The inner housing 21 has a narrowed portion 26 of reduced outer circumference proximately located with respect to and separated by means of a tapered section 27 from a wider portion 25 of inner housing 21.
A pliable tube 31 of bagging material having a distal end 34 and a proximal end 35 is secured by O-ring retainer 32 at its distal end 34 to the wide portion 25 of the inner housing 21. The O-ring retainer 32 elastically contracts about the inner housing 21 in a sealed manner. The proximal end 35 of the pliable tube 31 extends outwardly beyond housings 21, 51 to a sealed closure portion 36 which prevents the movement of atmosphere and dust through the passage 19 of the inner housing 21 between the contaminated chamber 13 and the clean chamber 12. The pliable tube 31 is collapsed upon itself forming pleats 37 allowing a substantial length of bagging material to be stored in a small area. The pleats 37 can be molded or formed as an integral part of the pliable tube. An embodiment of the present invention includes alternating narrow and wide bands which can be pleated together in accordion-like fashion.
Temporarily disregarding the second pliable tube designated by numeral 31A, material from the contaminated chamber 13 is received within passage 19, pushed through towards the proximal end 24 of the inner housing 21, and into the proximal end 35 of the plastic tube 31. As the material is pushed further into the clean chamber 12, the pleated, pliable tube 31 unfolds and extends outwardly from the housings 21, 51. The pliable tube 31 is then first heat sealed and then severed along the seal leaving the severed portion closed about the contaminated material in a bag-like manner, and the remaining portion of the tube 31 is sealably closed about the open proximal end 24 of the inner housing 21 thereby preventing movement of atmosphere and dust between the contaminated and clean chambers 13, 12.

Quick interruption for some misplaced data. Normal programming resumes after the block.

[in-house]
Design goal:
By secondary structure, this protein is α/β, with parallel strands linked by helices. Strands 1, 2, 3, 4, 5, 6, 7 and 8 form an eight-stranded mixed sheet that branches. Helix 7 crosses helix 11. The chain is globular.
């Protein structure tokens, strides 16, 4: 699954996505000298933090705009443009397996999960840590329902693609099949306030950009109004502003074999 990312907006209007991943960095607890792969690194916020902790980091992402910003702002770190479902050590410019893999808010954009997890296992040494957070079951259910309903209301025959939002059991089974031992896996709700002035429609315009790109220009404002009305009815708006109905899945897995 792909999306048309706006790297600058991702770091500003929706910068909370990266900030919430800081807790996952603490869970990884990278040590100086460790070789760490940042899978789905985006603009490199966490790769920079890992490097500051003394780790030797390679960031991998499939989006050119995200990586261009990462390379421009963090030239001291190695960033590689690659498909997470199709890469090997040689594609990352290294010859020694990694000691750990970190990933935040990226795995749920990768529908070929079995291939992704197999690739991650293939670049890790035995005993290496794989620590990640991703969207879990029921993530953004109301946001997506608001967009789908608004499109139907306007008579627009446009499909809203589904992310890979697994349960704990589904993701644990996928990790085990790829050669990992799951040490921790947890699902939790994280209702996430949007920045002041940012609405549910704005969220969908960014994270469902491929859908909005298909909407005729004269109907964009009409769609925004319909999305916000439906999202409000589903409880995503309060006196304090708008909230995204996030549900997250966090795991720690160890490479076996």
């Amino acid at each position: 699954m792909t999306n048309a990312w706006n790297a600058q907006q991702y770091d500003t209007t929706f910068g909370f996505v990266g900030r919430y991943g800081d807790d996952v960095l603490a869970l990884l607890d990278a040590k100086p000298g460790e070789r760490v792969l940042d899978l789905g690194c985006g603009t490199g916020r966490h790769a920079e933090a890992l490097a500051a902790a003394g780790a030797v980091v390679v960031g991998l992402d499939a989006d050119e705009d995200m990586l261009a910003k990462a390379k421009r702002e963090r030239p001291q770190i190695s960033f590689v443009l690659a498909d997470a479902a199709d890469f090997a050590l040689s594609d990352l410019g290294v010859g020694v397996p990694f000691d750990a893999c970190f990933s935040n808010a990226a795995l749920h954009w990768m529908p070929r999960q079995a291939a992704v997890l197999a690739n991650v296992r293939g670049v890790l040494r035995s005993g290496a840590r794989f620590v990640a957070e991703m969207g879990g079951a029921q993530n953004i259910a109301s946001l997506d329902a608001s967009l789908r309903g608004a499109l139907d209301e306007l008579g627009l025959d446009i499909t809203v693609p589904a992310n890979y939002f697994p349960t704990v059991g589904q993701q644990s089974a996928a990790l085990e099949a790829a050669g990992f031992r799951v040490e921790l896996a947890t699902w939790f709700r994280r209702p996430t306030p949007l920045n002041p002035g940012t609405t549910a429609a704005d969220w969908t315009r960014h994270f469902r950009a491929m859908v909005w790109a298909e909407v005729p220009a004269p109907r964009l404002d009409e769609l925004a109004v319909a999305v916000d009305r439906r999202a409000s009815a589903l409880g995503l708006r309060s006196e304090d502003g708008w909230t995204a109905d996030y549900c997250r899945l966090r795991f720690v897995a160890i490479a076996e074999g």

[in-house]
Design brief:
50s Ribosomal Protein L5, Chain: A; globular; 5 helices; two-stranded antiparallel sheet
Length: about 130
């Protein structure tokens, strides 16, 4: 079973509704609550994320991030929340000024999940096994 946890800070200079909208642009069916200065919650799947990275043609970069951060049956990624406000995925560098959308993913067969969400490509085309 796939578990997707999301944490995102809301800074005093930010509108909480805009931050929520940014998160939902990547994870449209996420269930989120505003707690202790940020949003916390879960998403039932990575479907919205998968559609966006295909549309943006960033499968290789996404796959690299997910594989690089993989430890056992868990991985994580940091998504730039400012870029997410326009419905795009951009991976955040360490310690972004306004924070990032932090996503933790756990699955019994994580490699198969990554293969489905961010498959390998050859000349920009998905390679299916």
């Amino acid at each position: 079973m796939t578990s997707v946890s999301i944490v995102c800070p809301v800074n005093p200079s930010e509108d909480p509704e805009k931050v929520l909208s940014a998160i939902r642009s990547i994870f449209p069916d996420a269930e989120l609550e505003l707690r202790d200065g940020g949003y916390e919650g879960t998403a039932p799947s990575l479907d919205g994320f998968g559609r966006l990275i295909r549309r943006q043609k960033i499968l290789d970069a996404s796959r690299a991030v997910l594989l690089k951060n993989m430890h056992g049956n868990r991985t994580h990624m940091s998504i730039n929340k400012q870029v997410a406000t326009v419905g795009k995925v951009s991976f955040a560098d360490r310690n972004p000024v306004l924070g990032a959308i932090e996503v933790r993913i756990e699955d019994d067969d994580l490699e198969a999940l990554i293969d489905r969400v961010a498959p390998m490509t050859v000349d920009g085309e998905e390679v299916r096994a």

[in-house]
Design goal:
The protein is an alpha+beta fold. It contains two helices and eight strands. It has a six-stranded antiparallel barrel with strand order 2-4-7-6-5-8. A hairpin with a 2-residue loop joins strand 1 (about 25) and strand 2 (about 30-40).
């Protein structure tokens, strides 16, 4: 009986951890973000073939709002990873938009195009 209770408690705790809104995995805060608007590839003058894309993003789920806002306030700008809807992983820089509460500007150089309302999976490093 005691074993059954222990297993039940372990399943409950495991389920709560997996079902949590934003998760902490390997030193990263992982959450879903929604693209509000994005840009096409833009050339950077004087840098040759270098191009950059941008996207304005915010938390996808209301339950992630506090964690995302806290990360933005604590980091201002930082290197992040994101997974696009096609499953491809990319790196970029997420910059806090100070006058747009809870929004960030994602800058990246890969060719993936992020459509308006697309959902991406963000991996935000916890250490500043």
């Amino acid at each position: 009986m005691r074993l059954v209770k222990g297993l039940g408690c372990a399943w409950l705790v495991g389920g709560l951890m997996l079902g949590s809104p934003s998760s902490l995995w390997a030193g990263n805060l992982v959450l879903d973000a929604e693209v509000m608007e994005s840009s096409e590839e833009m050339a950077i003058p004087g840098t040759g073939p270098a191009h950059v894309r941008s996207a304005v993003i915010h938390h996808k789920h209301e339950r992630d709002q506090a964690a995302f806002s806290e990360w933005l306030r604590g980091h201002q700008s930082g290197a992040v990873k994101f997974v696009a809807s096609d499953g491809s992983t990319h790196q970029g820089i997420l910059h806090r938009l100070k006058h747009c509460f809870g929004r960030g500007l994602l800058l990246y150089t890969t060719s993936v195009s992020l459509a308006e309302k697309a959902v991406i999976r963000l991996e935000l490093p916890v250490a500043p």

Dispensing means 46 is secured to the rim 55 of the outer housing 51 to facilitate the unfolding and movement of the pliable tube 31 outwardly from the inner and outer housings 21, 51. The dispensing means 46 is discussed in greater detail below.
A bag support means such as platform 61 extends outwardly from below the inner and outer housings 21, 51 to provide support for the pliable tube 31 and the material that may be contained therein during the sealing and cutting operation.